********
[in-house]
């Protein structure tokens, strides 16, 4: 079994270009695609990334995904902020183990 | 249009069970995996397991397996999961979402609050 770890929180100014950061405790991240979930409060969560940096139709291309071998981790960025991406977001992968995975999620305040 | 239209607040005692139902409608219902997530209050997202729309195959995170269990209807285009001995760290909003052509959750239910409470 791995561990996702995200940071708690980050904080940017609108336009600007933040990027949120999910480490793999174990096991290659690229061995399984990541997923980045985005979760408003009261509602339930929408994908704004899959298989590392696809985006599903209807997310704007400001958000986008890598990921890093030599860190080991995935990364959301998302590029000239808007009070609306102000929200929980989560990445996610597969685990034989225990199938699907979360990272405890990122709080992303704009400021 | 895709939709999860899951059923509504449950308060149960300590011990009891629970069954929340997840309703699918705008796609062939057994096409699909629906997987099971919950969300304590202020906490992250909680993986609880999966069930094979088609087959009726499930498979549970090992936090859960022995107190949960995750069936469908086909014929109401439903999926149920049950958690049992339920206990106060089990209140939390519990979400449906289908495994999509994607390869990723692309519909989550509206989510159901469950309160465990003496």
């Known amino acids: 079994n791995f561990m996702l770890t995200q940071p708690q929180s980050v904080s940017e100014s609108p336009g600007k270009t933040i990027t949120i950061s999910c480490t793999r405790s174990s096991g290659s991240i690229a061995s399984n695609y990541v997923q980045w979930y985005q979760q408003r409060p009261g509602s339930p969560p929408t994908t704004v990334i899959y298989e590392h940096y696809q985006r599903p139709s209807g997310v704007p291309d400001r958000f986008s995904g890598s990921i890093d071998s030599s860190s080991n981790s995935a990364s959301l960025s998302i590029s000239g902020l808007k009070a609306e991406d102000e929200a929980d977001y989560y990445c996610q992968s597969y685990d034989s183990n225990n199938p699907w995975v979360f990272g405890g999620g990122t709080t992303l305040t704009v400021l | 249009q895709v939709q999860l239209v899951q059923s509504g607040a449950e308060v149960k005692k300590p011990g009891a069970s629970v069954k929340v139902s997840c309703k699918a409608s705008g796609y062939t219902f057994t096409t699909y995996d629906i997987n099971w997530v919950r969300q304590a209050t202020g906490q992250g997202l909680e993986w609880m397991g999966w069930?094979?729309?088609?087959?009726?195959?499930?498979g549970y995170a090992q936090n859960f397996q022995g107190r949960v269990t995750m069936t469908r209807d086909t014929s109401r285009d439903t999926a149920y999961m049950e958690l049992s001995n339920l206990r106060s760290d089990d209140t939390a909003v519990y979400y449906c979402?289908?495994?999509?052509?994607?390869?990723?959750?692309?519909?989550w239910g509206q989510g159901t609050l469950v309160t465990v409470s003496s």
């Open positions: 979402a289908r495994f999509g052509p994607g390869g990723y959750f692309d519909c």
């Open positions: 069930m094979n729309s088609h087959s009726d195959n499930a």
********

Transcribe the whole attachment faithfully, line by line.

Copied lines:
[in-house]
């Protein structure tokens, strides 16, 4: 079994270009695609990334995904902020183990 | 249009069970995996397991397996999961979402609050 770890929180100014950061405790991240979930409060969560940096139709291309071998981790960025991406977001992968995975999620305040 | 239209607040005692139902409608219902997530209050997202729309195959995170269990209807285009001995760290909003052509959750239910409470 791995561990996702995200940071708690980050904080940017609108336009600007933040990027949120999910480490793999174990096991290659690229061995399984990541997923980045985005979760408003009261509602339930929408994908704004899959298989590392696809985006599903209807997310704007400001958000986008890598990921890093030599860190080991995935990364959301998302590029000239808007009070609306102000929200929980989560990445996610597969685990034989225990199938699907979360990272405890990122709080992303704009400021 | 895709939709999860899951059923509504449950308060149960300590011990009891629970069954929340997840309703699918705008796609062939057994096409699909629906997987099971919950969300304590202020906490992250909680993986609880999966069930094979088609087959009726499930498979549970090992936090859960022995107190949960995750069936469908086909014929109401439903999926149920049950958690049992339920206990106060089990209140939390519990979400449906289908495994999509994607390869990723692309519909989550509206989510159901469950309160465990003496």
């Known amino acids: 079994n791995f561990m996702l770890t995200q940071p708690q929180s980050v904080s940017e100014s609108p336009g600007k270009t933040i990027t949120i950061s999910c480490t793999r405790s174990s096991g290659s991240i690229a061995s399984n695609y990541v997923q980045w979930y985005q979760q408003r409060p009261g509602s339930p969560p929408t994908t704004v990334i899959y298989e590392h940096y696809q985006r599903p139709s209807g997310v704007p291309d400001r958000f986008s995904g890598s990921i890093d071998s030599s860190s080991n981790s995935a990364s959301l960025s998302i590029s000239g902020l808007k009070a609306e991406d102000e929200a929980d977001y989560y990445c996610q992968s597969y685990d034989s183990n225990n199938p699907w995975v979360f990272g405890g999620g990122t709080t992303l305040t704009v400021l | 249009q895709v939709q999860l239209v899951q059923s509504g607040a449950e308060v149960k005692k300590p011990g009891a069970s629970v069954k929340v139902s997840c309703k699918a409608s705008g796609y062939t219902f057994t096409t699909y995996d629906i997987n099971w997530v919950r969300q304590a209050t202020g906490q992250g997202l909680e993986w609880m397991g999966w069930?094979?729309?088609?087959?009726?195959?499930?498979g549970y995170a090992q936090n859960f397996q022995g107190r949960v269990t995750m069936t469908r209807d086909t014929s109401r285009d439903t999926a149920y999961m049950e958690l049992s001995n339920l206990r106060s760290d089990d209140t939390a909003v519990y979400y449906c979402?289908?495994?999509?052509?994607?390869?990723?959750?692309?519909?989550w239910g509206q989510g159901t609050l469950v309160t465990v409470s003496s």
């Open positions: 979402a289908r495994f999509g052509p994607g390869g990723y959750f692309d519909c």
């Open positions: 069930m094979n729309s088609h087959s009726d195959n499930a």